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I am looking at purchasing a new fury. I thought they had ABS versions, but the dealer says the new bikes don't. I figured you guys could help me out. The honda website doesn't list ABS as an option. Whats the story. Thanks in advance and also any advice about the bike appreciated.
Thanks
Mike
 

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Your best bet is to call around the dealers and see if you can find some new old stock. The big problem in the US is that the non ABS model was $1000 cheaper and ABS only came in black, this resulted in more people buying the non ABS model. Here in Australia we only got ABS bikes and we got them in the best colours over the years so we have no problem with non ABS vs ABS.
 

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...in the US is that the non ABS model was $1000 cheaper and ABS only came in black
The 2019 ABS is a beautiful blue, and last I knew there were still some new ones out there. Your dealer has resources to find one.

Is it truly ABS or is it just a linked braking system?
True ABS, front and back, plus connected brakes. If you operate only the rear brake, you get something like 40% front 60% rear. Operating only the front does not apply the rear brake at all.
 

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The 2019 ABS is a beautiful blue, and last I knew there were still some new ones out there. Your dealer has resources to find one.



True ABS, front and back, plus connected brakes. If you operate only the rear brake, you get something like 40% front 60% rear. Operating only the front does not apply the rear brake at all.
I doubt if you use the foot (rear) brake that you get the figures you quote. After having an ABS bike for over 11 years I can confirm that when you apply the "rear" brake you get 100% of the rear brake applied and the centre piston on the front caliper activated. As the centre piston on the front caliper is much smaller than the other pistons you probably get something like 20% of the front activated. So the breakdown is something like R 100% F 20% or less. You can't feel the front being activated when you use the "rear" only so there can't be a lot of force applied to the front. Additionally there is a pressure limiting valve so that you can't apply too much force to the front when using the "rear" brake.

@Kbuskill should be able to fill in the gaps in my explanation as he went right into the linked brakes of the ABS bike when he converted his non ABS bike to a linked brake set up with the ABS calipers and associated plumbing.
 

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I doubt if you use the foot (rear) brake that you get the figures you quote. After having an ABS bike for over 11 years I can confirm that when you apply the "rear" brake you get 100% of the rear brake applied and the centre piston on the front caliper activated. As the centre piston on the front caliper is much smaller than the other pistons you probably get something like 20% of the front activated. So the breakdown is something like R 100% F 20% or less. You can't feel the front being activated when you use the "rear" only so there can't be a lot of force applied to the front. Additionally there is a pressure limiting valve so that you can't apply too much force to the front when using the "rear" brake.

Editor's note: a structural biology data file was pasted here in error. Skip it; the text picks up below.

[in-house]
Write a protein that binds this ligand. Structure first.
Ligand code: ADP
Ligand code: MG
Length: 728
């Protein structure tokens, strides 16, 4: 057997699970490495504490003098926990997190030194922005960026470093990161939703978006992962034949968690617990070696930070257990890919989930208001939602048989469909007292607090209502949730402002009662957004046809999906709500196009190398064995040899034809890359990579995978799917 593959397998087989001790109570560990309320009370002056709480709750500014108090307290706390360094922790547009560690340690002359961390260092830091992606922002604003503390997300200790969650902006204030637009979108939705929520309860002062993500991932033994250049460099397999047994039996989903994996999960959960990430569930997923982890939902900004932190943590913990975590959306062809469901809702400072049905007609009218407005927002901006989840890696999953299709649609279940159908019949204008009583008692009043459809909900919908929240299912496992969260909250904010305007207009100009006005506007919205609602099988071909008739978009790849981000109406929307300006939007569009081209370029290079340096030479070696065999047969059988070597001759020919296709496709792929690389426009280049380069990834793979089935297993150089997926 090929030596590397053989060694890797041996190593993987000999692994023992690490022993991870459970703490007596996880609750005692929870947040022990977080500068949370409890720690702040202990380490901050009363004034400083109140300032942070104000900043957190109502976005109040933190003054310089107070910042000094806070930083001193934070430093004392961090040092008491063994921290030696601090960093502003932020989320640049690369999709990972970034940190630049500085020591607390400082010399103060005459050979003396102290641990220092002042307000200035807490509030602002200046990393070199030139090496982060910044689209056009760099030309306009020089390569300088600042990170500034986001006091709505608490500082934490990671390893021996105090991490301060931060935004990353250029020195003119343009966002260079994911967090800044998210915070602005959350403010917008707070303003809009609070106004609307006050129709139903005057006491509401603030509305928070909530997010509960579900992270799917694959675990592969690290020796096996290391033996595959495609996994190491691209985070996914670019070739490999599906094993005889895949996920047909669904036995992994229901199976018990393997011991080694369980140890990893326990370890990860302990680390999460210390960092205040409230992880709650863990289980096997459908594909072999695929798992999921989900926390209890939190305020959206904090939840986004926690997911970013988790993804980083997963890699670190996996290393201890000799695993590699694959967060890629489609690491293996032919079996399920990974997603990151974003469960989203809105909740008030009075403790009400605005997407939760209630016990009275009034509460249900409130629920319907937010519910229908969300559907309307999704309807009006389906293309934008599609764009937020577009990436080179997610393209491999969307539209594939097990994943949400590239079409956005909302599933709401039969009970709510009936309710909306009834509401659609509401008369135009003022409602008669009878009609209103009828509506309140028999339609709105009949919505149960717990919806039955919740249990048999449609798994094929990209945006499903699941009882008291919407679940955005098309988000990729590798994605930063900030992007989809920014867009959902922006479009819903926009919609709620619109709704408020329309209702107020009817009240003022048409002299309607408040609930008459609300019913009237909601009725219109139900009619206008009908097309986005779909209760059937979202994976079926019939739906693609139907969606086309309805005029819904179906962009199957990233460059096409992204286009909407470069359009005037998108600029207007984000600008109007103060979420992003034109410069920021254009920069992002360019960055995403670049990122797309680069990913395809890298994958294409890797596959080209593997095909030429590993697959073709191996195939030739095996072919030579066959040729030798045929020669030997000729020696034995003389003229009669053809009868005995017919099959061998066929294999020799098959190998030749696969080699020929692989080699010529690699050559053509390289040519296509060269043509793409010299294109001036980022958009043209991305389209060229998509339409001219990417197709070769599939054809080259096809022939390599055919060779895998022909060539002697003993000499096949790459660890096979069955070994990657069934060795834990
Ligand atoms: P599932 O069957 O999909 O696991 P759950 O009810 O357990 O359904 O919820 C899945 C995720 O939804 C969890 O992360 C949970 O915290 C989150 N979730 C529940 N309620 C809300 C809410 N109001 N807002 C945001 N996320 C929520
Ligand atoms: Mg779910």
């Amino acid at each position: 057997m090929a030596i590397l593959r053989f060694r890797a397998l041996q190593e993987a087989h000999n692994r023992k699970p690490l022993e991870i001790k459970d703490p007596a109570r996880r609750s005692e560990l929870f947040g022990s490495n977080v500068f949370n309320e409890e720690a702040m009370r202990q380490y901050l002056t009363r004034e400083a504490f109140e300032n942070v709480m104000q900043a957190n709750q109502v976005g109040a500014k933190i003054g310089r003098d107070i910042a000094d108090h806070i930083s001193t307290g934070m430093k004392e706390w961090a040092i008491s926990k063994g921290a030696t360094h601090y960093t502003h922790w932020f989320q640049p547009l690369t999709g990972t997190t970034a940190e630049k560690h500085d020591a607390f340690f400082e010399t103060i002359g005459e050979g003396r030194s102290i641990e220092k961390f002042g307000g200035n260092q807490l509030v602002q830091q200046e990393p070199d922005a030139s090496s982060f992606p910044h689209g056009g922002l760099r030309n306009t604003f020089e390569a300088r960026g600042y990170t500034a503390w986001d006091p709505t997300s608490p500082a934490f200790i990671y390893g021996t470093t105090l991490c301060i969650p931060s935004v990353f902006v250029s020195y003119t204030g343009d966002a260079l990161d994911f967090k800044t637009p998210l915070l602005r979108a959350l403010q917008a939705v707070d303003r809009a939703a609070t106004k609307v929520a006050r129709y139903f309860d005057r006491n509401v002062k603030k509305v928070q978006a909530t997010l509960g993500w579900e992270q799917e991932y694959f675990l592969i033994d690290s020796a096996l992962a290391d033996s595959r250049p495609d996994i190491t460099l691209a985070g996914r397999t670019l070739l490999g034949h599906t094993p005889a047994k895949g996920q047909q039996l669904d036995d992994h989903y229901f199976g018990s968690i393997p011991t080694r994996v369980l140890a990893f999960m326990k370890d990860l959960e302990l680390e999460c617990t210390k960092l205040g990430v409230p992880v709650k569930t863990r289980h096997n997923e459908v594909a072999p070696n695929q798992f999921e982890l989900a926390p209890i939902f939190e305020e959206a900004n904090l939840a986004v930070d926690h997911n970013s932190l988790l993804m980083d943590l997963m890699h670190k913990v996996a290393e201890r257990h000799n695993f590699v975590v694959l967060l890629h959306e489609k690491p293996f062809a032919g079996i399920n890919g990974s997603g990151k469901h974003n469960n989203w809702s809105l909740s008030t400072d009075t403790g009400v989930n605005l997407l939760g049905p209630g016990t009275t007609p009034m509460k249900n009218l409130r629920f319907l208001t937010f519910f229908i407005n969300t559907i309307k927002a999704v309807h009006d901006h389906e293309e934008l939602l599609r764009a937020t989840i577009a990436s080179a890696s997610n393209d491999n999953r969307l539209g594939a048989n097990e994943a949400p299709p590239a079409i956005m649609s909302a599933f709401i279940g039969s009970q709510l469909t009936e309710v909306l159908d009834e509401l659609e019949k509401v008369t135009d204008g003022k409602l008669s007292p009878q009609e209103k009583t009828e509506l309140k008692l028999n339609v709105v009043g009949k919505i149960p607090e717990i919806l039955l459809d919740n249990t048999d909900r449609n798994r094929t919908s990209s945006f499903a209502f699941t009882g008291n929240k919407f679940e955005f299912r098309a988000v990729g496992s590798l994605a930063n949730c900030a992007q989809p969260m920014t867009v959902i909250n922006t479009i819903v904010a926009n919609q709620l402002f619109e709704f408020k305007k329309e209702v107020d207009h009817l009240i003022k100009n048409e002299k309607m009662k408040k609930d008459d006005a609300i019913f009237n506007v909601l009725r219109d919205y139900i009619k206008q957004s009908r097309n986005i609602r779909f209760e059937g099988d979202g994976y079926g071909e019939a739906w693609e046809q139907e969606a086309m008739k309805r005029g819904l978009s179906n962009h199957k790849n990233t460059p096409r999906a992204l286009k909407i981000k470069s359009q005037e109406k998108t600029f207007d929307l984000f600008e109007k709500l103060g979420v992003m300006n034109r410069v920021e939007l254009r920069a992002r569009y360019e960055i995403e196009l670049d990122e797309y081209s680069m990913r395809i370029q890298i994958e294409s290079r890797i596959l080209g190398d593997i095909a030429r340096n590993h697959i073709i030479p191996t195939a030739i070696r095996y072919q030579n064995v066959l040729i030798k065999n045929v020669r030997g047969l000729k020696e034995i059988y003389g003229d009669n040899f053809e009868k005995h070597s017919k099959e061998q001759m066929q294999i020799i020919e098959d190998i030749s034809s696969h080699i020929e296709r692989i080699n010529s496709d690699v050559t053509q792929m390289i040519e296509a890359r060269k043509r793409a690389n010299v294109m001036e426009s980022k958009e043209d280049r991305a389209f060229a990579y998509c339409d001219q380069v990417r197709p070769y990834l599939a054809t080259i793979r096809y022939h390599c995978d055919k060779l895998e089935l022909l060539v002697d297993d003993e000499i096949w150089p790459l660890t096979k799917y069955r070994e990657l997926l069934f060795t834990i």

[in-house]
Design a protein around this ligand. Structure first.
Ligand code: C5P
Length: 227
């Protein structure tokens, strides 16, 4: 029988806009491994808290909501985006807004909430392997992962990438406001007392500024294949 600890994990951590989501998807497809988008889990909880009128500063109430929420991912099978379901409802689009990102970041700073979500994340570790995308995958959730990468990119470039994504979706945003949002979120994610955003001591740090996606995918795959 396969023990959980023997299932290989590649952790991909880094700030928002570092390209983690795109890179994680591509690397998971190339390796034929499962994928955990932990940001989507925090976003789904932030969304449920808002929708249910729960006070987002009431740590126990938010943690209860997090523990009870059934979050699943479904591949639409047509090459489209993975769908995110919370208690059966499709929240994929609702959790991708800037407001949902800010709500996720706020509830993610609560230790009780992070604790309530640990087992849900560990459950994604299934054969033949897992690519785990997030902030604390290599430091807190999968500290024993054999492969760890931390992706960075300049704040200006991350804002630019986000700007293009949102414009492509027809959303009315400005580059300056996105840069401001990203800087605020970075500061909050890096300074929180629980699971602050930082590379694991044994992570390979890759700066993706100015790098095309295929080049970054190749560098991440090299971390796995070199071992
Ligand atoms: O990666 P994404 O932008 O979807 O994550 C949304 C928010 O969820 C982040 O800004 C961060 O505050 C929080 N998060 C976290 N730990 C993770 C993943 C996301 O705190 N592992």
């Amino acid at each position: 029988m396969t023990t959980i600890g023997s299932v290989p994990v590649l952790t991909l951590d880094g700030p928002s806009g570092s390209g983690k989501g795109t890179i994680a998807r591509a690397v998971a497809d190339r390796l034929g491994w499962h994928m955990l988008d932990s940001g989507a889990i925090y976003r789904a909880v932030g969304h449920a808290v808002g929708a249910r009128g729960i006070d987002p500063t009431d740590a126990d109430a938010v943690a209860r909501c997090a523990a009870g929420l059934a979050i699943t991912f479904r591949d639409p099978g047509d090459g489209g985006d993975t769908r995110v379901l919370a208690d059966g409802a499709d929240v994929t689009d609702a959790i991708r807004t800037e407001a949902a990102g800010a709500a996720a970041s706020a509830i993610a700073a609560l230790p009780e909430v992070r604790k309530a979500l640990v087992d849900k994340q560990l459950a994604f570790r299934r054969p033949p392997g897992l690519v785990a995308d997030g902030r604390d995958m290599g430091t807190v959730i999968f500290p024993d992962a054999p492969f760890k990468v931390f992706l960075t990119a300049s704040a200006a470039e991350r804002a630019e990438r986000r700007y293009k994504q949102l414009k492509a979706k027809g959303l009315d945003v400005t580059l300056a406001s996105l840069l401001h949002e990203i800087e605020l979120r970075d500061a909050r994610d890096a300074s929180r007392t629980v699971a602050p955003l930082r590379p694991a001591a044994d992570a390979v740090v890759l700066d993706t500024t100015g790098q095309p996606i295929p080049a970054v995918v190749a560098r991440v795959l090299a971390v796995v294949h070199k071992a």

@Kbuskill should be able to fill in the gaps in my explanation as he went right into the linked brakes of the ABS bike when he converted his non ABS bike to a linked brake set up with the ABS calipers and associated plumbing.
I can't remember the exact figures for piston size on ABS vs non-ABS brakes, because that seems like a lifetime ago, but it is around here somewhere because I had researched and crunched all the numbers before taking the leap and converting the bike over.

If anyone was interested they could probably search the forum for "Big Brake Upgrade" and all the pertinent info should be in there.
 

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I doubt if you use the foot (rear) brake that you get the figures you quote. After having an ABS bike for over 11 years I can confirm that when you apply the "rear" brake you get 100% of the rear brake applied and the centre piston on the front caliper activated. As the centre piston on the front caliper is much smaller than the other pistons you probably get something like 20% of the front activated. So the breakdown is something like R 100% F 20% or less. You can't feel the front being activated when you use the "rear" only so there can't be a lot of force applied to the front. Additionally there is a pressure limiting valve so that you can't apply too much force to the front when using the "rear" brake.

@Kbuskill should be able to fill in the gaps in my explanation as he went right into the linked brakes of the ABS bike when he converted his non ABS bike to a linked brake set up with the ABS calipers and associated plumbing.
I stand corrected. Indeed, the 2019 manual says "operating the rear brake pedal applies the rear brake and a portion of the front brake."

I must have pulled the numbers from the air.

In any case, using both brakes is always recommended of course.

And while the topic is live, the fatal accident statistics for ABS vs. non-ABS bikes were compelling to me when I was shopping. I'm glad I got an ABS-equipped bike.
 
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